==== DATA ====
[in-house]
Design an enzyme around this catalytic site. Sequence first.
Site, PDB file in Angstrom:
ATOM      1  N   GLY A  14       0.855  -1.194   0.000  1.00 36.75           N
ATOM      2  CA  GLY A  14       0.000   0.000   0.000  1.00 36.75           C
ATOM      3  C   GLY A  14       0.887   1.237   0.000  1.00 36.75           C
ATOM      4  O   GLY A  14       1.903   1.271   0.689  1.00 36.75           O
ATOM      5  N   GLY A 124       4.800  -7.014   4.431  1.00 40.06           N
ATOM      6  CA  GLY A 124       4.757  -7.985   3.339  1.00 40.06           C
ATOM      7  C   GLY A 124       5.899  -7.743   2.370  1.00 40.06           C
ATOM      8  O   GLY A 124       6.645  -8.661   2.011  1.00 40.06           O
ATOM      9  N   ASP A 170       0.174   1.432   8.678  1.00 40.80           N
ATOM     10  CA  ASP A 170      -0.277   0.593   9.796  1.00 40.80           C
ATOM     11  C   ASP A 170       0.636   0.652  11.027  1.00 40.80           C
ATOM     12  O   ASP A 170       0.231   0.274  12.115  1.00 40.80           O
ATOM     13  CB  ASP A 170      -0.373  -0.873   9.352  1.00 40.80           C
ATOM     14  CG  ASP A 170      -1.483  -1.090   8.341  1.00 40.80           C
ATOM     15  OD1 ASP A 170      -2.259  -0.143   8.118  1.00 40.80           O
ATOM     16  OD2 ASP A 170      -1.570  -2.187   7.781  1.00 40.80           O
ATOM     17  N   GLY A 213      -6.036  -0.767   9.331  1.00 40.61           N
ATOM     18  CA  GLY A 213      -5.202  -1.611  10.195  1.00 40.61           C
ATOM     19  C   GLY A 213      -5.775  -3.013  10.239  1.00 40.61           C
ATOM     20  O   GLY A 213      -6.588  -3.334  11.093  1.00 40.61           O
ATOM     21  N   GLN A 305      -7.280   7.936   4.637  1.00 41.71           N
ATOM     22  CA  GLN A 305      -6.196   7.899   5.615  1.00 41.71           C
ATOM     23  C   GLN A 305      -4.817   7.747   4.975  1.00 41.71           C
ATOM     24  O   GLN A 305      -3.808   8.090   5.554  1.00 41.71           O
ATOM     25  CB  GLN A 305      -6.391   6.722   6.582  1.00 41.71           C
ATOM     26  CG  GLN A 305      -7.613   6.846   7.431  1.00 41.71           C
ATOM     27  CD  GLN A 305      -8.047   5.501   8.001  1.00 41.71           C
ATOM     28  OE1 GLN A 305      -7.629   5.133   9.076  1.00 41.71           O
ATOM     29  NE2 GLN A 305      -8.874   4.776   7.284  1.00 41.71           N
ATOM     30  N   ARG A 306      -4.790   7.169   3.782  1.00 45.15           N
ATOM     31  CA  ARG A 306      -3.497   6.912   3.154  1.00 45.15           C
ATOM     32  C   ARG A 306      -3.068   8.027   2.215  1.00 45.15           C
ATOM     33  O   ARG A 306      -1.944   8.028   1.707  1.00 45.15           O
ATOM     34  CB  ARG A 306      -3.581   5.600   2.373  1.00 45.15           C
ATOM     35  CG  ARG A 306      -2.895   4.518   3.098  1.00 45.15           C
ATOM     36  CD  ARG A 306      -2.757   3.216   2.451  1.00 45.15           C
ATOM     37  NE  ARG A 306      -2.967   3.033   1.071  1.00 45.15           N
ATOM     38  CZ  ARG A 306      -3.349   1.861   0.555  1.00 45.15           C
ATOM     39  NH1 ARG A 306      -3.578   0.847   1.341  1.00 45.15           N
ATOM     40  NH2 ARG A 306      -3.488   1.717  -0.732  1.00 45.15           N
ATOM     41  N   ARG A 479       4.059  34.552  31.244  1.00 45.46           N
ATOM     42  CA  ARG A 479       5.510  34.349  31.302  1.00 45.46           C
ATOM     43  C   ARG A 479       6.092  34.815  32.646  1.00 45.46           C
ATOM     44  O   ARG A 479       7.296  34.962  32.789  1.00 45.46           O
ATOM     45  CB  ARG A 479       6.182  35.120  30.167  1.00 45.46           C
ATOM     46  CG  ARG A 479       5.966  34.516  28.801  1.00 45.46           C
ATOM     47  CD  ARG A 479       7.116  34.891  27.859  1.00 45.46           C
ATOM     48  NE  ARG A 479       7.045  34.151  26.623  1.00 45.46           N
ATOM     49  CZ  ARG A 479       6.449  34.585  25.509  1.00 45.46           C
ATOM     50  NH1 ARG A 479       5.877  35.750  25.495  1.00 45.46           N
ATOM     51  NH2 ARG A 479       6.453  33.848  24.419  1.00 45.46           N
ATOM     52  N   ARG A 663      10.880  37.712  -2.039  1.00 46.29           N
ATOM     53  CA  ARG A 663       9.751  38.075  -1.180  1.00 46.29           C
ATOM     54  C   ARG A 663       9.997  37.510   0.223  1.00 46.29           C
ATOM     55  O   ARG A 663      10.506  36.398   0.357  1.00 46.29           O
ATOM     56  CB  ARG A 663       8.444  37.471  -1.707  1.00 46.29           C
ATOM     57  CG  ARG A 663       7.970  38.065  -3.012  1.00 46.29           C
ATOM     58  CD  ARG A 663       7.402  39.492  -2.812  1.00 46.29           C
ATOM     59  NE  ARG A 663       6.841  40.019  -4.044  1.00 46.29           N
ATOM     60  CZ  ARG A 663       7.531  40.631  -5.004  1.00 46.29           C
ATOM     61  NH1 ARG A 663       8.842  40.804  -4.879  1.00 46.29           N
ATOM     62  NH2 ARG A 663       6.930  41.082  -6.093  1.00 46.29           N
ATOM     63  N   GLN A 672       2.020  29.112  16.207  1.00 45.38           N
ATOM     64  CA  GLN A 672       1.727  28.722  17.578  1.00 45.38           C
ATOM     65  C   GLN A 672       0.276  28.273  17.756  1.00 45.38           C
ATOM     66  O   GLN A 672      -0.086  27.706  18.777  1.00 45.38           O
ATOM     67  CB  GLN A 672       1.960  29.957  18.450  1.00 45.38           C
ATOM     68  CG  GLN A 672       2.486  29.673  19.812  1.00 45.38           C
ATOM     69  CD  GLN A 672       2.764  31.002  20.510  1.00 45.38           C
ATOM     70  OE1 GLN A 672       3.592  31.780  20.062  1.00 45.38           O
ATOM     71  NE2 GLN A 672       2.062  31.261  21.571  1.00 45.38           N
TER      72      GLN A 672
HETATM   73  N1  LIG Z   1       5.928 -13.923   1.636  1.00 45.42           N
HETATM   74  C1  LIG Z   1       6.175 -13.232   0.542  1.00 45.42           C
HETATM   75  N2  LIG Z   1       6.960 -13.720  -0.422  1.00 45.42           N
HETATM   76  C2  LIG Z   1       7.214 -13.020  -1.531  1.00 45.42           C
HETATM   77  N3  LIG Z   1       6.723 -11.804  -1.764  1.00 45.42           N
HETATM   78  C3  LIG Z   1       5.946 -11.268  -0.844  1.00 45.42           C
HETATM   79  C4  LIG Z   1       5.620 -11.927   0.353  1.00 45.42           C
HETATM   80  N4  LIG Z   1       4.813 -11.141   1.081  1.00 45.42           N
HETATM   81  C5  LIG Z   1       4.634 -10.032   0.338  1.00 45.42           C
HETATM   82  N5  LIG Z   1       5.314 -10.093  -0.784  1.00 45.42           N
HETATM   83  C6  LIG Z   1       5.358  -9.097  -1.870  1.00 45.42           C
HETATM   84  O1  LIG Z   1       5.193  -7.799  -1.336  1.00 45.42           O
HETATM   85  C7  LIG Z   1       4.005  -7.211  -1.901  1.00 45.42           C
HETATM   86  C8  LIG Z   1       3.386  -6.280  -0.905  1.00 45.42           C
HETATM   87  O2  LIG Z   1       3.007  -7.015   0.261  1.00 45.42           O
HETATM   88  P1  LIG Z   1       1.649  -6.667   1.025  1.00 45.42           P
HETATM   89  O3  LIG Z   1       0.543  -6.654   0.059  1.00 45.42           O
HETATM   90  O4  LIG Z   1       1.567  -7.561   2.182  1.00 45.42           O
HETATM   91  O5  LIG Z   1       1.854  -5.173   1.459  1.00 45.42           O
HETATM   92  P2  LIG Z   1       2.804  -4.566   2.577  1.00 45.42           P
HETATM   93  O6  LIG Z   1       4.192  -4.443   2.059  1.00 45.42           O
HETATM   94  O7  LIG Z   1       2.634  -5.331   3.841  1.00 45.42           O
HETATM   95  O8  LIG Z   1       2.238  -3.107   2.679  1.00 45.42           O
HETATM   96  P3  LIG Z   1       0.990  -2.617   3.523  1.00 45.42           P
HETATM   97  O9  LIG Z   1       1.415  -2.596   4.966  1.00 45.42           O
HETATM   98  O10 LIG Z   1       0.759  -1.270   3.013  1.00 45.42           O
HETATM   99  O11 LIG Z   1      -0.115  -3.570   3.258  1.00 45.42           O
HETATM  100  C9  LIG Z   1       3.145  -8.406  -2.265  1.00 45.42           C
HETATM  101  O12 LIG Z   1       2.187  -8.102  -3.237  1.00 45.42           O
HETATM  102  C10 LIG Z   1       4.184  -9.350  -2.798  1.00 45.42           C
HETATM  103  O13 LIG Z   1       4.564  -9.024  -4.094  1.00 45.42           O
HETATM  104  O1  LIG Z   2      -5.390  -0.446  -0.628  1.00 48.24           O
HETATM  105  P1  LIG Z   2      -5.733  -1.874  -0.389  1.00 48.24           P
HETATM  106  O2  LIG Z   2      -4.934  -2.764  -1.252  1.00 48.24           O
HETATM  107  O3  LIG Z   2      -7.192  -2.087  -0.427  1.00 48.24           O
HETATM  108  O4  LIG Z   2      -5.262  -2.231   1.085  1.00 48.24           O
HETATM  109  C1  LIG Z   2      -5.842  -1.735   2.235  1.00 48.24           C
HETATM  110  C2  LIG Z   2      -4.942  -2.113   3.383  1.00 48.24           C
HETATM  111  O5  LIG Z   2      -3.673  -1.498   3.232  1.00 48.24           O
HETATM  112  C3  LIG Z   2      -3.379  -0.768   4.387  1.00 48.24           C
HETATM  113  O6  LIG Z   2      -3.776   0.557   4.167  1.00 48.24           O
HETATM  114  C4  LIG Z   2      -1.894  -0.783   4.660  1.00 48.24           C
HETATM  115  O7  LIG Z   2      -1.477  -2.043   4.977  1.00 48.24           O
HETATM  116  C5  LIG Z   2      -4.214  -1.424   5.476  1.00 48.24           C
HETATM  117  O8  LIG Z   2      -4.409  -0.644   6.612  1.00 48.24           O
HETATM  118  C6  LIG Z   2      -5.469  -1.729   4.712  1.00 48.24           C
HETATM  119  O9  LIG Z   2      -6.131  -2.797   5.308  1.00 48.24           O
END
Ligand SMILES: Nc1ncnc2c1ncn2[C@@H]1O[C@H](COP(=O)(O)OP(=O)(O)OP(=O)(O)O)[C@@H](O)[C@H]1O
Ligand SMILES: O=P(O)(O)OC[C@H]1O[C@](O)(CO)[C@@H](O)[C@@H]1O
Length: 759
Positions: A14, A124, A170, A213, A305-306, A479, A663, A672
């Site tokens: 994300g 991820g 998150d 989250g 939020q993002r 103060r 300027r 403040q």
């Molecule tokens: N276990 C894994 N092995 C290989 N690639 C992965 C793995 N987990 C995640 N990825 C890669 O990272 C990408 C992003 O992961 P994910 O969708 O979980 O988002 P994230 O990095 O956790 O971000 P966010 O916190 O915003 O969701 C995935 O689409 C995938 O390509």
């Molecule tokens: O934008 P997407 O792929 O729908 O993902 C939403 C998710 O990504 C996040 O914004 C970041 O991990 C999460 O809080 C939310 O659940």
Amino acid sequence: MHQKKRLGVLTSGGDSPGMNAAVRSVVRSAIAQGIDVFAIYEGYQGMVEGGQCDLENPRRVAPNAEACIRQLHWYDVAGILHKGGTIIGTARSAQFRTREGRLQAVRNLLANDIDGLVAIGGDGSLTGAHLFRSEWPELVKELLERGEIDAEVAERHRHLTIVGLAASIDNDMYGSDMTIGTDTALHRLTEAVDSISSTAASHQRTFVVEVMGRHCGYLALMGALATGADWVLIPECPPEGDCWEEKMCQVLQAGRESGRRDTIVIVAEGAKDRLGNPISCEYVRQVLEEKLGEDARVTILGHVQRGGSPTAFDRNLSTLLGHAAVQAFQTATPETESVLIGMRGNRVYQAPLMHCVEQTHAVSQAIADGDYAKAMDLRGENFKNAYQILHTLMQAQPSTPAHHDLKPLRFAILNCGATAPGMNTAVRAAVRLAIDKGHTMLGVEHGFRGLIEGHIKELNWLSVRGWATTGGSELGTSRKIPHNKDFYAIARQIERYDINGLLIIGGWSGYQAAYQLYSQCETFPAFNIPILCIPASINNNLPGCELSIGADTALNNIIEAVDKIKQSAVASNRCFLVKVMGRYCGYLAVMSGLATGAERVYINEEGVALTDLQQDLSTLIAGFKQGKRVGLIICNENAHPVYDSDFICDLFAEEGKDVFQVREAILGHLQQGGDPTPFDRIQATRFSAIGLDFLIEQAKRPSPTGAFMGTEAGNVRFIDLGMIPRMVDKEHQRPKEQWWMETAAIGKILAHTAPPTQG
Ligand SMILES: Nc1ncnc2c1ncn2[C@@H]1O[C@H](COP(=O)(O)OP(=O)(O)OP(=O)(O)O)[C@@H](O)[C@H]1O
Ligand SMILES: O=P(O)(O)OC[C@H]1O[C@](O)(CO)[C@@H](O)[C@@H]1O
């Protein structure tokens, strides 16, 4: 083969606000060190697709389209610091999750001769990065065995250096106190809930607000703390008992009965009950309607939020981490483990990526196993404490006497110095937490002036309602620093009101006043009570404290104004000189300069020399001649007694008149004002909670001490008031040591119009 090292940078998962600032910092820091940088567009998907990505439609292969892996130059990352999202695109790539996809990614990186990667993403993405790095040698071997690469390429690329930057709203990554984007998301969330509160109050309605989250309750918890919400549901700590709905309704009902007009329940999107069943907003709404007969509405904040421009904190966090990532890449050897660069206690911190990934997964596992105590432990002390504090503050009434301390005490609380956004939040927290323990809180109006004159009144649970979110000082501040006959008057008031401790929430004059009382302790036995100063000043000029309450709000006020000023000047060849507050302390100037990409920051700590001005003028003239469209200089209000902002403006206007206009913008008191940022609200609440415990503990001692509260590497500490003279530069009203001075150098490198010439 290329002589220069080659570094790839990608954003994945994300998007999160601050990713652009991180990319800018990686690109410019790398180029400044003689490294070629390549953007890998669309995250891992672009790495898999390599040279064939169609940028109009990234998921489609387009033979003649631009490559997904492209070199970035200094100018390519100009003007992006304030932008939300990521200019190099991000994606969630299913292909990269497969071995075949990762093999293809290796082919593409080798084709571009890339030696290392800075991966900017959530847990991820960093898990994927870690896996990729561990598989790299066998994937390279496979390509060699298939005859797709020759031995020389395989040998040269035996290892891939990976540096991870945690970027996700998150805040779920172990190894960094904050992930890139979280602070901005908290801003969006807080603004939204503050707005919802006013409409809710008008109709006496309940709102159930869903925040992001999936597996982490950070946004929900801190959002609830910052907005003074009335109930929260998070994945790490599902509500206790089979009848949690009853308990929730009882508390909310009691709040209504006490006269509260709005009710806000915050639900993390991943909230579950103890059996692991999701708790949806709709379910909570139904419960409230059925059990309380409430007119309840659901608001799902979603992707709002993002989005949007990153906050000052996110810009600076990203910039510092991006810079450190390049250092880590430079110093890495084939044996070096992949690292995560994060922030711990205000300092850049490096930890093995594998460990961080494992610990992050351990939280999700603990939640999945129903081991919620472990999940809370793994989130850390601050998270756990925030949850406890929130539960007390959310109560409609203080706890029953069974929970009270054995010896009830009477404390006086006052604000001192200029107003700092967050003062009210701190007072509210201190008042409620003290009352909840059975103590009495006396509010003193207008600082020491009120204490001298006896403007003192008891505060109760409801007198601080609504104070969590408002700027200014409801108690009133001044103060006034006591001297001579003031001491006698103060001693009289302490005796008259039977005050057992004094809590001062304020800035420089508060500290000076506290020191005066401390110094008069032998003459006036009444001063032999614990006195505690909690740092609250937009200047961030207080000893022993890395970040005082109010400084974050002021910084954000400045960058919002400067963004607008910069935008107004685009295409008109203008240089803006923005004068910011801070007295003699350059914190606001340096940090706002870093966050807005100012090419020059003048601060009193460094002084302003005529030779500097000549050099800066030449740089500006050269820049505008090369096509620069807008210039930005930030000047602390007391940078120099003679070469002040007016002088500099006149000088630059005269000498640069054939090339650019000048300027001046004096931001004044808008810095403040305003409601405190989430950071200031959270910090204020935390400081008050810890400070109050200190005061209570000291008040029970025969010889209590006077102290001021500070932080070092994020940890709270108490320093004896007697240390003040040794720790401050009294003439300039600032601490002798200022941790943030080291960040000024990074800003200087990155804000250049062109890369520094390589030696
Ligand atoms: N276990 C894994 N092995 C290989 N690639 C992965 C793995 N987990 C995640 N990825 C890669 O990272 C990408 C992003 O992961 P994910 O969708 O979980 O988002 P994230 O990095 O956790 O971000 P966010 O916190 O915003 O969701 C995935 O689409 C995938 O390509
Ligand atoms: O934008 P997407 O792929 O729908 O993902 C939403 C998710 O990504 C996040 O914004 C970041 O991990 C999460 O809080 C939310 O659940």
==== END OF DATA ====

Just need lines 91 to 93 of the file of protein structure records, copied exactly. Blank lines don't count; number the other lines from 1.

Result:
HETATM   88  P1  LIG Z   1       1.649  -6.667   1.025  1.00 45.42           P
HETATM   89  O3  LIG Z   1       0.543  -6.654   0.059  1.00 45.42           O
HETATM   90  O4  LIG Z   1       1.567  -7.561   2.182  1.00 45.42           O